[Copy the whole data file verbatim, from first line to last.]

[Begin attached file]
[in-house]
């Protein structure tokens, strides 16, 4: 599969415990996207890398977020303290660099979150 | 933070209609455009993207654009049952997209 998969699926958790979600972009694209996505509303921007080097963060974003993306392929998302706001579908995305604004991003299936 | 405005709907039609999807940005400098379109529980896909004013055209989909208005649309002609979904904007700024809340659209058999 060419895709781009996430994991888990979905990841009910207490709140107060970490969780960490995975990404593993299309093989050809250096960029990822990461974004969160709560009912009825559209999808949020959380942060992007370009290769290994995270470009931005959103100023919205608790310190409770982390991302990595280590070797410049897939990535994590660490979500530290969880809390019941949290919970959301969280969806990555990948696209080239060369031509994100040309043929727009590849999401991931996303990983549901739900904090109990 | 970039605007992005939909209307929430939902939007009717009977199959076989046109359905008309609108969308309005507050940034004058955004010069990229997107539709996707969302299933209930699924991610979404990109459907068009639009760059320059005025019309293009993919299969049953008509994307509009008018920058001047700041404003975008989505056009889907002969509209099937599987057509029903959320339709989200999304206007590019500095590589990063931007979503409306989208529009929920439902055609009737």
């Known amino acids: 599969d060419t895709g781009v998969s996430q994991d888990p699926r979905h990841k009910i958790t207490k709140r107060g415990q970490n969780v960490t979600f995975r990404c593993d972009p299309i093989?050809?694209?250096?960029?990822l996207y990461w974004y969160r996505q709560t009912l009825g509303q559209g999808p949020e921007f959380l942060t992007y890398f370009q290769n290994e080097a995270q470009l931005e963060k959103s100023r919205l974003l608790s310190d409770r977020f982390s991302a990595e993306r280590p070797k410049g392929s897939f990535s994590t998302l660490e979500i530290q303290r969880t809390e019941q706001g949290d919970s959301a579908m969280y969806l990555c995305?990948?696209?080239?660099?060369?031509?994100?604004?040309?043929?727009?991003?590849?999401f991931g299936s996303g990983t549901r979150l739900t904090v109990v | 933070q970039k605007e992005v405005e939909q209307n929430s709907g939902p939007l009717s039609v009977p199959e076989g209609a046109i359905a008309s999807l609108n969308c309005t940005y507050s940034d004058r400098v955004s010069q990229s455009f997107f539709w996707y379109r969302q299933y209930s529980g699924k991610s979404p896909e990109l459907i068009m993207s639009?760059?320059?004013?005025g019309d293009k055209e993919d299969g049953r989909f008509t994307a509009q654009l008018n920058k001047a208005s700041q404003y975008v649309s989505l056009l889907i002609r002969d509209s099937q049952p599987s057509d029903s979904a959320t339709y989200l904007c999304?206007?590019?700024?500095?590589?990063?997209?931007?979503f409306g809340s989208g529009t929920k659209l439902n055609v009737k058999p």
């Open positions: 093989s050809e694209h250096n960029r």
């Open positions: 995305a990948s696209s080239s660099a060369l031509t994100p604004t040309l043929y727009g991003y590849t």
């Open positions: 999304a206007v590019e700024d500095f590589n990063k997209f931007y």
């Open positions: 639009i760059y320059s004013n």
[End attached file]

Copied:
[in-house]
């Protein structure tokens, strides 16, 4: 599969415990996207890398977020303290660099979150 | 933070209609455009993207654009049952997209 998969699926958790979600972009694209996505509303921007080097963060974003993306392929998302706001579908995305604004991003299936 | 405005709907039609999807940005400098379109529980896909004013055209989909208005649309002609979904904007700024809340659209058999 060419895709781009996430994991888990979905990841009910207490709140107060970490969780960490995975990404593993299309093989050809250096960029990822990461974004969160709560009912009825559209999808949020959380942060992007370009290769290994995270470009931005959103100023919205608790310190409770982390991302990595280590070797410049897939990535994590660490979500530290969880809390019941949290919970959301969280969806990555990948696209080239060369031509994100040309043929727009590849999401991931996303990983549901739900904090109990 | 970039605007992005939909209307929430939902939007009717009977199959076989046109359905008309609108969308309005507050940034004058955004010069990229997107539709996707969302299933209930699924991610979404990109459907068009639009760059320059005025019309293009993919299969049953008509994307509009008018920058001047700041404003975008989505056009889907002969509209099937599987057509029903959320339709989200999304206007590019500095590589990063931007979503409306989208529009929920439902055609009737």
């Known amino acids: 599969d060419t895709g781009v998969s996430q994991d888990p699926r979905h990841k009910i958790t207490k709140r107060g415990q970490n969780v960490t979600f995975r990404c593993d972009p299309i093989?050809?694209?250096?960029?990822l996207y990461w974004y969160r996505q709560t009912l009825g509303q559209g999808p949020e921007f959380l942060t992007y890398f370009q290769n290994e080097a995270q470009l931005e963060k959103s100023r919205l974003l608790s310190d409770r977020f982390s991302a990595e993306r280590p070797k410049g392929s897939f990535s994590t998302l660490e979500i530290q303290r969880t809390e019941q706001g949290d919970s959301a579908m969280y969806l990555c995305?990948?696209?080239?660099?060369?031509?994100?604004?040309?043929?727009?991003?590849?999401f991931g299936s996303g990983t549901r979150l739900t904090v109990v | 933070q970039k605007e992005v405005e939909q209307n929430s709907g939902p939007l009717s039609v009977p199959e076989g209609a046109i359905a008309s999807l609108n969308c309005t940005y507050s940034d004058r400098v955004s010069q990229s455009f997107f539709w996707y379109r969302q299933y209930s529980g699924k991610s979404p896909e990109l459907i068009m993207s639009?760059?320059?004013?005025g019309d293009k055209e993919d299969g049953r989909f008509t994307a509009q654009l008018n920058k001047a208005s700041q404003y975008v649309s989505l056009l889907i002609r002969d509209s099937q049952p599987s057509d029903s979904a959320t339709y989200l904007c999304?206007?590019?700024?500095?590589?990063?997209?931007?979503f409306g809340s989208g529009t929920k659209l439902n055609v009737k058999p």
């Open positions: 093989s050809e694209h250096n960029r």
């Open positions: 995305a990948s696209s080239s660099a060369l031509t994100p604004t040309l043929y727009g991003y590849t």
């Open positions: 999304a206007v590019e700024d500095f590589n990063k997209f931007y």
């Open positions: 639009i760059y320059s004013n």